Technically, how do you look at such mechanisms?

RHGW is growing cancer cells either on sticky plates or floating in flasks. She regularly feeds them – a bit like little pets. Her work relies mainly on live-based detection. This means that she can monitor energy (ATP) fluctuation directly inside living cells. To do this, she and her collaborators previously tagged ATP with fluorescent probes. Once successfully incorporated into cells, these probes allow the team to easily analyse ATP increase or decrease in all cellular compartments depending on selected stimuli.

Related to this work, she won the first prize as science presenter in 2013

Links to her articles:

Are people around you familiar with your work?

RHGW : “I feel a bit uncomfortable when people tell me that I am smart when I tell them that I am a scientist”. 

Her close family doesn’t really ask what she is doing. But her partner knows everything about her work, they regularly talk about precise and complex concepts of her research.Talking about her work outside of the scientific community helped her to get new scientific ideas.

How do you feel as a scientist? What have been the most challenging part so far? What are you the most proud of?

She told us that her PhD supervisor believed research to be 95% frustration and 5% enjoyment. RHGW : “I think that it is actually 99% frustration”. On the other hand, she feels that it is amazing to do what she loves to do. For her, it is a privilege to do science, a chance that not everyone has access to. 

RHGW : “I am proud of my students. I see them evolving and doing amazing PhD’s, amazing post-docs, in amazing places and I’m feeling really proud that a little bit of the reason why they succeed so well it’s because of the training I gave them”. She is also proud of giving training courses for undergraduate and PhD students. More recently, she is proud of her last publication in Science, even though the experience, having taken several years, was extremely frustrating.

How do you feel as a woman in this environment? 

She would like to see more role models, more young women as group leaders, more women being keynote speakers and more in the highest positions. In the past, she also felt uncomfortable when she was unnumbered, during a meeting for example. This sometimes prevented her from having her voice heard. Although she feels that it’s getting better she would love to have someone to speak with, other women in the same career progression. On the other hand, she does not remember any negative incidence based on her gender along her career. Furthermore, the gender balance committee in CRG has helped her immensely particularly because she is a woman.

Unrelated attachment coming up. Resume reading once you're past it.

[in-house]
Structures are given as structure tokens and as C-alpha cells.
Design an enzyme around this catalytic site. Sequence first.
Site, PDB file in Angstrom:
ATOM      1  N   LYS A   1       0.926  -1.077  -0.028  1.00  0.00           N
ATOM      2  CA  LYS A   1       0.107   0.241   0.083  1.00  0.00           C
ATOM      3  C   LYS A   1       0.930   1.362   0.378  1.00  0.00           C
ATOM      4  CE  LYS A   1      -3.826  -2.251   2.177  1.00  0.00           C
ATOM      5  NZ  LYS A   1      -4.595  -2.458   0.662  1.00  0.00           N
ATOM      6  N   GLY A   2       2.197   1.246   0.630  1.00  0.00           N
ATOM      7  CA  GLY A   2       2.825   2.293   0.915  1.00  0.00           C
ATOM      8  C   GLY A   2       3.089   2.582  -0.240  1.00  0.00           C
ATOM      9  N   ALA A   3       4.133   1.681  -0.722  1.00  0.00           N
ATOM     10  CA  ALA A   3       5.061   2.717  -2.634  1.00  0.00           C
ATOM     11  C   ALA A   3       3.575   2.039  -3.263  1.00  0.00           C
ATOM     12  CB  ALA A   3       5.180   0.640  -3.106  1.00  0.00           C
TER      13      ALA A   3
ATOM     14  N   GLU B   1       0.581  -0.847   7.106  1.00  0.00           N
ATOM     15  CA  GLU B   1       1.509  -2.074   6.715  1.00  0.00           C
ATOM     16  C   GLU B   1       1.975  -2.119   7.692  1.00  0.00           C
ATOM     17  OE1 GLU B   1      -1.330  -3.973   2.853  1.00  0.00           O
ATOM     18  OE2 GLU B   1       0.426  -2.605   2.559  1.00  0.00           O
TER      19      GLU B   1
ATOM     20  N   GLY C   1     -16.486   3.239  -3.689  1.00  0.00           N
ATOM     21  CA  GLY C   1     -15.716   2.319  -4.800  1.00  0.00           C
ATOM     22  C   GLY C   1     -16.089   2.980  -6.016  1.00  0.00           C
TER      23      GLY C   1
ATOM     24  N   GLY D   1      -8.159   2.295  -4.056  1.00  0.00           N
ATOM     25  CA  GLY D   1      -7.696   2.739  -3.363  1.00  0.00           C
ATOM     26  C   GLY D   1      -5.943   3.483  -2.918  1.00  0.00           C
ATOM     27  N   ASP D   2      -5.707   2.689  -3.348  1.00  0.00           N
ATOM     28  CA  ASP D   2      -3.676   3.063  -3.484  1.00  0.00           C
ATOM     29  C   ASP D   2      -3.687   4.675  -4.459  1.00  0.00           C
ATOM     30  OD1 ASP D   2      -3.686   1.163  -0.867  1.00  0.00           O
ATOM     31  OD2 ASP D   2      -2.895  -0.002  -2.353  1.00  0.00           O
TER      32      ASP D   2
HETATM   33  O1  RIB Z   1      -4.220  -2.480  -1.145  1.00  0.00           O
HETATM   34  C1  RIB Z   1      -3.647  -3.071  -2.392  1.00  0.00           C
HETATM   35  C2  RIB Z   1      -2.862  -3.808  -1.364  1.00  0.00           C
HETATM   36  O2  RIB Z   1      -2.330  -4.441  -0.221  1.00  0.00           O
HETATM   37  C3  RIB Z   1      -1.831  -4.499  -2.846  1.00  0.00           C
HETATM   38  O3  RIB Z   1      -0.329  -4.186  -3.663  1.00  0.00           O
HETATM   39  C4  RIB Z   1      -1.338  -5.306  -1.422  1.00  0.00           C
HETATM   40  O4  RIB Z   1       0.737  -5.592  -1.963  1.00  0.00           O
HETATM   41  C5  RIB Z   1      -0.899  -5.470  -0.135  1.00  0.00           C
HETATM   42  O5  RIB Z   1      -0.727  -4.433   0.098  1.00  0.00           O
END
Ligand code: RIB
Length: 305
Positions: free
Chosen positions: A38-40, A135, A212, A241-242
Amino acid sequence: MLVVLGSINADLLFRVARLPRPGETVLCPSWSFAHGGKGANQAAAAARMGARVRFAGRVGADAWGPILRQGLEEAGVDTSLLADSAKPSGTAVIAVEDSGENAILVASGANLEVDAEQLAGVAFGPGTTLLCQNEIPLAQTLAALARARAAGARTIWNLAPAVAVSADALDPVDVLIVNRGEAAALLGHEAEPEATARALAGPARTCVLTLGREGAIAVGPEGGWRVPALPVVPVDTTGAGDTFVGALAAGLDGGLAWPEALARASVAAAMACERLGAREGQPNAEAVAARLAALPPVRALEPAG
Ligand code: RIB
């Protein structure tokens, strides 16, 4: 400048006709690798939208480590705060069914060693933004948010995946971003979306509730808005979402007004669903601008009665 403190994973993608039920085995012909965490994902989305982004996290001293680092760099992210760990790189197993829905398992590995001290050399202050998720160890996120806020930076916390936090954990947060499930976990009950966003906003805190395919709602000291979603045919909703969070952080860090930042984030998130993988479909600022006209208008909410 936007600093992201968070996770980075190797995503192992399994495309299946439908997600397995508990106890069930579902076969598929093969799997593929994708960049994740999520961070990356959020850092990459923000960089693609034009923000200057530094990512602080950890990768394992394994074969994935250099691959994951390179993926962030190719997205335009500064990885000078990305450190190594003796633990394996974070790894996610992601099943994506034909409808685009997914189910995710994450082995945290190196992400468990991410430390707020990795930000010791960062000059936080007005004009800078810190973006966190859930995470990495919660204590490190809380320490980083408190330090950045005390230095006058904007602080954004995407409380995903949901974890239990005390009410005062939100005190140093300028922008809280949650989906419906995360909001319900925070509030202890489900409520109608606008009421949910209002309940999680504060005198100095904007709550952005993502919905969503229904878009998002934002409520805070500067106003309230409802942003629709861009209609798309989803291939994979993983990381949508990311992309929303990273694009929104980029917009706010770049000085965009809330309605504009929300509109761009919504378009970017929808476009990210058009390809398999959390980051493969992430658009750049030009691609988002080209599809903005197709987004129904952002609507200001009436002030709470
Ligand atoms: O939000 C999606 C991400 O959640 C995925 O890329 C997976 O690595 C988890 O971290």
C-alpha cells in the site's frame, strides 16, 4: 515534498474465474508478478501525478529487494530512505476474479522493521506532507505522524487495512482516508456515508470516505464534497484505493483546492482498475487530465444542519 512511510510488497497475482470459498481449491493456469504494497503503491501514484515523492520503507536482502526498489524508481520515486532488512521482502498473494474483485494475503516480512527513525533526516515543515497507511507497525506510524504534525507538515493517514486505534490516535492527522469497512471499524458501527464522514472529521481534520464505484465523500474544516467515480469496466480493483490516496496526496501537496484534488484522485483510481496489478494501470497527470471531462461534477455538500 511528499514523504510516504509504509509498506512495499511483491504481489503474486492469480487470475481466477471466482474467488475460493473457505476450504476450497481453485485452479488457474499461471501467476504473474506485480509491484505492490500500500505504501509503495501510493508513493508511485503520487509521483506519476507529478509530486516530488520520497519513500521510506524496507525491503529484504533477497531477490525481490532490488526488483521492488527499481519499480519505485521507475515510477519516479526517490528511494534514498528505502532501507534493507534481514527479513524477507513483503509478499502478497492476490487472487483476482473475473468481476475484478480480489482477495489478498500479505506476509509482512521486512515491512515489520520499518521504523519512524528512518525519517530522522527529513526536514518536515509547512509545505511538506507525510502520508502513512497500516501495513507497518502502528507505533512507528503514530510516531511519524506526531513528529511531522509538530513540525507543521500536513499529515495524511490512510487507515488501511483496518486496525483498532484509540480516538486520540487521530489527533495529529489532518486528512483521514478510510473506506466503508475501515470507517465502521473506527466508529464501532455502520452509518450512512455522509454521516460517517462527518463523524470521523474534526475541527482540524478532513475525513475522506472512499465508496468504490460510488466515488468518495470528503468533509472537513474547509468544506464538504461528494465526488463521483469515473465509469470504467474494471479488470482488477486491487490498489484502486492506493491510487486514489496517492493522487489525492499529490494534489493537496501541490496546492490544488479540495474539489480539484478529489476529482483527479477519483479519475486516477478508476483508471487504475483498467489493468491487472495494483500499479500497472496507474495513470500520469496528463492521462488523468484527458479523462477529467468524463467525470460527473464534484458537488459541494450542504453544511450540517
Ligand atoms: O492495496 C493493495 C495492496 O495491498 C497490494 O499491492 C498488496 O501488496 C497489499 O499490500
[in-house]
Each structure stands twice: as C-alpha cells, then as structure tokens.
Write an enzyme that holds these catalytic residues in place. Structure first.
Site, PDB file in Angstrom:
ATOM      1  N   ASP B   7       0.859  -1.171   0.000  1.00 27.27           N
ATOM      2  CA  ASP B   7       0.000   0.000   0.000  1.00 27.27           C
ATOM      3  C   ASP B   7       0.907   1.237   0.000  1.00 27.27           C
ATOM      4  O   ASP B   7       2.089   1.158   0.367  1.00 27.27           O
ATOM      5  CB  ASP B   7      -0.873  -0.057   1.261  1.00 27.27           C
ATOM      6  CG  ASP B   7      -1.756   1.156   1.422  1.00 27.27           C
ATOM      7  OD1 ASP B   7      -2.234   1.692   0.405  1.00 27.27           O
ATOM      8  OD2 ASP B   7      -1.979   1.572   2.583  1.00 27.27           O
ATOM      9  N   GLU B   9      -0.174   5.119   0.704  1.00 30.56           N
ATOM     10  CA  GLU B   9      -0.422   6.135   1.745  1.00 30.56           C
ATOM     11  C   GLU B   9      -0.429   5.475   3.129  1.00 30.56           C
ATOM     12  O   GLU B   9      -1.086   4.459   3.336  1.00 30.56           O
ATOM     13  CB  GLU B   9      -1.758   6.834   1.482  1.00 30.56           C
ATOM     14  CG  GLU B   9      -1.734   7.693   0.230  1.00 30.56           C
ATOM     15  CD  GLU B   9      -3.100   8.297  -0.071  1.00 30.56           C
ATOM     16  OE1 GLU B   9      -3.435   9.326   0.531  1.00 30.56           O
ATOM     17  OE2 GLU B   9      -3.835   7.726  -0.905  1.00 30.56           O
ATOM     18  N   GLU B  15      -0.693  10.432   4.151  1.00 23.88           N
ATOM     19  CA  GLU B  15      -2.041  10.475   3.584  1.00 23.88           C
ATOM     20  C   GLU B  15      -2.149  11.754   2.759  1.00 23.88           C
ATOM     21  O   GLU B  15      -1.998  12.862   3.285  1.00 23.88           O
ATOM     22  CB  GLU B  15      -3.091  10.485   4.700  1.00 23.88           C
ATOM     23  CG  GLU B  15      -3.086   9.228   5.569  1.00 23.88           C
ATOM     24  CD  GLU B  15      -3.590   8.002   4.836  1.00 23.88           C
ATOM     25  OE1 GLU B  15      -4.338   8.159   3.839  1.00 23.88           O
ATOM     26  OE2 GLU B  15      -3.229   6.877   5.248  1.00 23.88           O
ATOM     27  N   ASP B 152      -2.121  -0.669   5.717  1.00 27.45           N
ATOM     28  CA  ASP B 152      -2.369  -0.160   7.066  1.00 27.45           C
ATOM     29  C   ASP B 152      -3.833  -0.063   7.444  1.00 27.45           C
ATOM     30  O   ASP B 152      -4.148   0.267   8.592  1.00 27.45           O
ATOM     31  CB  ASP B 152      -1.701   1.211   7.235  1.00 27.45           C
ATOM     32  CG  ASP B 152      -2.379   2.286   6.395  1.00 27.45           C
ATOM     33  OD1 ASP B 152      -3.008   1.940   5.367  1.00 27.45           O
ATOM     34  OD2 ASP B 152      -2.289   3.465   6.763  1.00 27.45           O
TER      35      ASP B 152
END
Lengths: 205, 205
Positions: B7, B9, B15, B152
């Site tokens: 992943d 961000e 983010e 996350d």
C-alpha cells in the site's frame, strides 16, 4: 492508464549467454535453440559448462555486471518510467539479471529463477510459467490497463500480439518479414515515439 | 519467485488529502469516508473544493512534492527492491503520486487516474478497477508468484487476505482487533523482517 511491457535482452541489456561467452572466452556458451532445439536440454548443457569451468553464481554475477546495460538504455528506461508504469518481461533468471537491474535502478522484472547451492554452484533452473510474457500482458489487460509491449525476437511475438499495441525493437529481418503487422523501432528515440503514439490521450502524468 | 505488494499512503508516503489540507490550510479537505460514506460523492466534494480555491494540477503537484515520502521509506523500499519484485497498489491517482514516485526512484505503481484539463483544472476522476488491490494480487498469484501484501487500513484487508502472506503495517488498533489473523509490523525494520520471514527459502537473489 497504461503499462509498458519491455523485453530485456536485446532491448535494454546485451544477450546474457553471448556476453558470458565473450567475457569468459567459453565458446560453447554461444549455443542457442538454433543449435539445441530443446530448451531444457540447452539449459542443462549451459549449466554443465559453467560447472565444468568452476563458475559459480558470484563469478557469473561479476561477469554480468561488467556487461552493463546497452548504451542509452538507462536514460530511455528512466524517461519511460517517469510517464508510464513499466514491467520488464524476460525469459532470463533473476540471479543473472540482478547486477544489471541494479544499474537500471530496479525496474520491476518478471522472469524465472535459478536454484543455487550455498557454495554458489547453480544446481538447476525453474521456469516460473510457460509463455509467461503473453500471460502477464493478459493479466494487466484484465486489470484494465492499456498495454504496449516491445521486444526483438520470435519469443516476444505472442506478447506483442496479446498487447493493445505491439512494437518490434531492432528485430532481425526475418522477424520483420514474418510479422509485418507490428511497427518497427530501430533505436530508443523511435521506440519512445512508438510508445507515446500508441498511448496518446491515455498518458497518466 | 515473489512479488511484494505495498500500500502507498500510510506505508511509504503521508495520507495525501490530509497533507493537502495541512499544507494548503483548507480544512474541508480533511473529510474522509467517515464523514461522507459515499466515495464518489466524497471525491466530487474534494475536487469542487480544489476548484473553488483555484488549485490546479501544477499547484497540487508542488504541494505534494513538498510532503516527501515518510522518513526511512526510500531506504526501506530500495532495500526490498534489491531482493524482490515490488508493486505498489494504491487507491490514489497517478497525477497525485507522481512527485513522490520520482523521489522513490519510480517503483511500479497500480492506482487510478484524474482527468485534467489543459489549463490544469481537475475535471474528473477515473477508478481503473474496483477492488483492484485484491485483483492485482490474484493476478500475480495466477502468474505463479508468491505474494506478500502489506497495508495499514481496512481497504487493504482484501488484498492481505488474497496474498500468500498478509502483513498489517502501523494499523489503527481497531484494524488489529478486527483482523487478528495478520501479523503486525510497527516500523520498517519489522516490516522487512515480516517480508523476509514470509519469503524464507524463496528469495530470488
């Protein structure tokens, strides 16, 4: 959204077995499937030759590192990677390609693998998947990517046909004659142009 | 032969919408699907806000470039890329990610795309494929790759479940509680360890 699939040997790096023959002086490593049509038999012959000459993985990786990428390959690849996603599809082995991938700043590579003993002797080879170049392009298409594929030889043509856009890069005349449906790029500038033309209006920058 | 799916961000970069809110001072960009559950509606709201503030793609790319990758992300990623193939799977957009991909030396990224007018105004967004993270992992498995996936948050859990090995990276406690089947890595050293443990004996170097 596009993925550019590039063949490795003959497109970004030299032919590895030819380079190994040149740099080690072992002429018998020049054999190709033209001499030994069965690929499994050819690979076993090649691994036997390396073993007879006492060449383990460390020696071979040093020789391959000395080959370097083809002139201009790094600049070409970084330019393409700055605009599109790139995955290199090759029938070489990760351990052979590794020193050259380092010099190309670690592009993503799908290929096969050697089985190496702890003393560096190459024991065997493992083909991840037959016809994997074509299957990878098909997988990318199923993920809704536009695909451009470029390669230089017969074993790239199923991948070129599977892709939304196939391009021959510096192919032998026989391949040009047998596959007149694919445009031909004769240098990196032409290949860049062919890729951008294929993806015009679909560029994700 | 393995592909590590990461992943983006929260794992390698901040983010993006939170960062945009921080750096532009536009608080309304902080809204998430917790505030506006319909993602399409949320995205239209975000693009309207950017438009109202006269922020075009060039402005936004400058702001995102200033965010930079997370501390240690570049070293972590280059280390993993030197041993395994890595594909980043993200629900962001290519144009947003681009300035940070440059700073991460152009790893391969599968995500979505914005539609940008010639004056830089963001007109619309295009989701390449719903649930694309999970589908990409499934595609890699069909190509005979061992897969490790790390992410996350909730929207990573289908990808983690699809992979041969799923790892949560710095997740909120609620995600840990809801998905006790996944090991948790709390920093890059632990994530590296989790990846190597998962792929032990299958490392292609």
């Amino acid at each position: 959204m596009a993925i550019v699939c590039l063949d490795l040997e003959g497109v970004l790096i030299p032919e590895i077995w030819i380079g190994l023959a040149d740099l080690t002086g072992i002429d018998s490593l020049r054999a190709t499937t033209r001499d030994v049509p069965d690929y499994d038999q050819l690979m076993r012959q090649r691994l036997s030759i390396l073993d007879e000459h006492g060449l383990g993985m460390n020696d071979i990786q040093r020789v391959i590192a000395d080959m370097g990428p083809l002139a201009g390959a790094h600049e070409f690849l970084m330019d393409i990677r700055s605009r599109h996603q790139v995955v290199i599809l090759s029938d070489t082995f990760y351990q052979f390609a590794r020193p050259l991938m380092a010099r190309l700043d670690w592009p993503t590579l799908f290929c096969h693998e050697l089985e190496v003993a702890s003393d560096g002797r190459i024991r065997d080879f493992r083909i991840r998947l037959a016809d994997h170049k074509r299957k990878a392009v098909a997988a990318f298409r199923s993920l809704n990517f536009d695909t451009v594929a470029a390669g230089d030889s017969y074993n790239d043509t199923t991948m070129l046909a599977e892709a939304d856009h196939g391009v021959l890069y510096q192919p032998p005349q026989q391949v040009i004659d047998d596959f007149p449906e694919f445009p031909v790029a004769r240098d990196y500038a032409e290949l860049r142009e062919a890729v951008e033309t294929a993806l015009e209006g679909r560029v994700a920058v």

Note for students and group leaders: one experience that pushed her to further raise her voice and be more self-confident was during a small meeting with her peers. This meeting was focusing on her field with small groups where everyone could share their ideas. As for many scientists, this kind of meeting made her feel that people were interested in her opinion. She became more self-confident which renewed her motivation in her work. Conclusion:  Send your students and postdocs to scientific meetings (be they big or small).

Why Do We have Such a Problem With the Way Women Speak?

Why do women drop out of science more often than men?

According to RHGW, in the UK, a lot of women would drop their post-doc position because of the high cost of child care. Furthermore, gaps are created in their career due to thelack of help related to maternity leave and child care. As a consequence, they cannot compete against others that would not have such gaps, such as men or single women. In conclusion, if there is no help from the country or the institute, scientific mothers are at a disadvantage. Similarly, thestability issues mentioned earlier (no group leader = no job), is definitively another dark point, especially taking the family into consideration.